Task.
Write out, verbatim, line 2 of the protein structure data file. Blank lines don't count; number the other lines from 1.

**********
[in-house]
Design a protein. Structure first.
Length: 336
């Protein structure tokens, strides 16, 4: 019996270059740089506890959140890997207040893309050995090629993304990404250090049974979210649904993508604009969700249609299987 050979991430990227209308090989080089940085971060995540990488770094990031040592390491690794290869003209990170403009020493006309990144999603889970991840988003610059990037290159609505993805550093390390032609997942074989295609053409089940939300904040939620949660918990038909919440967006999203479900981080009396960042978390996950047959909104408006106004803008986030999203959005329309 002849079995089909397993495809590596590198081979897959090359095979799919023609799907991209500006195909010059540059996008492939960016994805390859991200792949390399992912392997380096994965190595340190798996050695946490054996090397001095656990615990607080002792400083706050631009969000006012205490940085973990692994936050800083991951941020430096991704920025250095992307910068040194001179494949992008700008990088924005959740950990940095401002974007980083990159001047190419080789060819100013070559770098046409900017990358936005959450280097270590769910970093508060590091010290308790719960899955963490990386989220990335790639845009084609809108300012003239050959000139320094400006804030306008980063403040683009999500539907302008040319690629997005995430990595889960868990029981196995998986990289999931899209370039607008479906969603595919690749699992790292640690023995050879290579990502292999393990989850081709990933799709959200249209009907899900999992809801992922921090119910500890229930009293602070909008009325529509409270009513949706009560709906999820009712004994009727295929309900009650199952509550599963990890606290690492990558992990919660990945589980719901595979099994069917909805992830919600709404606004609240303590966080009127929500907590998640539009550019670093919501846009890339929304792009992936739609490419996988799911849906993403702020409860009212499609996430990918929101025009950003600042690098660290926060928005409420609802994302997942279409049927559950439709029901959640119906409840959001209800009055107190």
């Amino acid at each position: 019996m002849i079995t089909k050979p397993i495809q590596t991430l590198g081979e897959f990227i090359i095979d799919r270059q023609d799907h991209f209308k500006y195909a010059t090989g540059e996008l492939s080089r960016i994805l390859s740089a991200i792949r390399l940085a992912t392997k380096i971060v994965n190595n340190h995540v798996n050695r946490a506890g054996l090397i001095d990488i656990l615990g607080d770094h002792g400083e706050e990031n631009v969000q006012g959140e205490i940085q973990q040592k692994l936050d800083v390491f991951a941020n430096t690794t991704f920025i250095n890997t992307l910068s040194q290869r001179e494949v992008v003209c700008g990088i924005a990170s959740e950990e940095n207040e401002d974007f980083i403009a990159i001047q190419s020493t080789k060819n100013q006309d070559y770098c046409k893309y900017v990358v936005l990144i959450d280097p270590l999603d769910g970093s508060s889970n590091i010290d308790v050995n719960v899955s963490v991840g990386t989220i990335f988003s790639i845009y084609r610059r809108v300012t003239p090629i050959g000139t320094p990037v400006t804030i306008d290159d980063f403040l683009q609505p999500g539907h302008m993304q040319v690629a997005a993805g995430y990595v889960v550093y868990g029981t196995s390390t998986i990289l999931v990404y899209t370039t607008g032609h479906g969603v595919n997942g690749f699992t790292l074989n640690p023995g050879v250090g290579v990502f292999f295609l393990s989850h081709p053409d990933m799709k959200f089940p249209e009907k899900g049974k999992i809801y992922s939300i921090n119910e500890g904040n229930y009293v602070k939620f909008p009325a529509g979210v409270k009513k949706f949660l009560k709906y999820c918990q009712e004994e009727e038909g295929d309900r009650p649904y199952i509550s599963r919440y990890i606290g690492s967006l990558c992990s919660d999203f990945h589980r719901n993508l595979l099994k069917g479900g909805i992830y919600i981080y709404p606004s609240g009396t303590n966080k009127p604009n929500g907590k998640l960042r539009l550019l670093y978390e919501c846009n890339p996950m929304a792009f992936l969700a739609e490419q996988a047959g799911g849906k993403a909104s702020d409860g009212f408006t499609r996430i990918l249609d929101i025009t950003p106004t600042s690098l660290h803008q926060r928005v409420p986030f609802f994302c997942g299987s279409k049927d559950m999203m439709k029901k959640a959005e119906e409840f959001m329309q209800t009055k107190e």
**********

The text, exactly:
Design a protein. Structure first.